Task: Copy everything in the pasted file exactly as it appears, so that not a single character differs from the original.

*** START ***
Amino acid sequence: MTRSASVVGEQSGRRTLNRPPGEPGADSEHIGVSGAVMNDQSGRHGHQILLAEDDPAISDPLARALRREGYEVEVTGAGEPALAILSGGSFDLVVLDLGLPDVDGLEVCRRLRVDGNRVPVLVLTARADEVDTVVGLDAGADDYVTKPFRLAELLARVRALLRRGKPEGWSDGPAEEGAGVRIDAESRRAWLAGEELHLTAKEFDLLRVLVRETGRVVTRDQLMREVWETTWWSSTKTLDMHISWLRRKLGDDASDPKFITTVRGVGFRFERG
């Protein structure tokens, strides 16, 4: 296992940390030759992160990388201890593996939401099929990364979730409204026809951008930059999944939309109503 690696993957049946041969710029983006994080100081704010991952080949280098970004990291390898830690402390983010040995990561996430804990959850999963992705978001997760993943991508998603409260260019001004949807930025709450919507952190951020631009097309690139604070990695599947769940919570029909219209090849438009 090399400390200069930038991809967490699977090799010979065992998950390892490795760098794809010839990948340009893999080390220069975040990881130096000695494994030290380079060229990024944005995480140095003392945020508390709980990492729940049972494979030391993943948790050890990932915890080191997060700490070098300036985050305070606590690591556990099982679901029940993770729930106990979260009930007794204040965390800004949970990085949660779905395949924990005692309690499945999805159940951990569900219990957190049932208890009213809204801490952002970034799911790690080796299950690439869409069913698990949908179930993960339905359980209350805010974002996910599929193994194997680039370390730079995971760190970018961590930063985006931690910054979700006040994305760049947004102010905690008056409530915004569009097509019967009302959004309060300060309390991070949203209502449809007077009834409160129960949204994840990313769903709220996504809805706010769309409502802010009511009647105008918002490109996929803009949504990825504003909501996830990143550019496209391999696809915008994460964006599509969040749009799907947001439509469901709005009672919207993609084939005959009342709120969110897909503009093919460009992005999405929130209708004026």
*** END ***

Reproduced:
Amino acid sequence: MTRSASVVGEQSGRRTLNRPPGEPGADSEHIGVSGAVMNDQSGRHGHQILLAEDDPAISDPLARALRREGYEVEVTGAGEPALAILSGGSFDLVVLDLGLPDVDGLEVCRRLRVDGNRVPVLVLTARADEVDTVVGLDAGADDYVTKPFRLAELLARVRALLRRGKPEGWSDGPAEEGAGVRIDAESRRAWLAGEELHLTAKEFDLLRVLVRETGRVVTRDQLMREVWETTWWSSTKTLDMHISWLRRKLGDDASDPKFITTVRGVGFRFERG
């Protein structure tokens, strides 16, 4: 296992940390030759992160990388201890593996939401099929990364979730409204026809951008930059999944939309109503 690696993957049946041969710029983006994080100081704010991952080949280098970004990291390898830690402390983010040995990561996430804990959850999963992705978001997760993943991508998603409260260019001004949807930025709450919507952190951020631009097309690139604070990695599947769940919570029909219209090849438009 090399400390200069930038991809967490699977090799010979065992998950390892490795760098794809010839990948340009893999080390220069975040990881130096000695494994030290380079060229990024944005995480140095003392945020508390709980990492729940049972494979030391993943948790050890990932915890080191997060700490070098300036985050305070606590690591556990099982679901029940993770729930106990979260009930007794204040965390800004949970990085949660779905395949924990005692309690499945999805159940951990569900219990957190049932208890009213809204801490952002970034799911790690080796299950690439869409069913698990949908179930993960339905359980209350805010974002996910599929193994194997680039370390730079995971760190970018961590930063985006931690910054979700006040994305760049947004102010905690008056409530915004569009097509019967009302959004309060300060309390991070949203209502449809007077009834409160129960949204994840990313769903709220996504809805706010769309409502802010009511009647105008918002490109996929803009949504990825504003909501996830990143550019496209391999696809915008994460964006599509969040749009799907947001439509469901709005009672919207993609084939005959009342709120969110897909503009093919460009992005999405929130209708004026």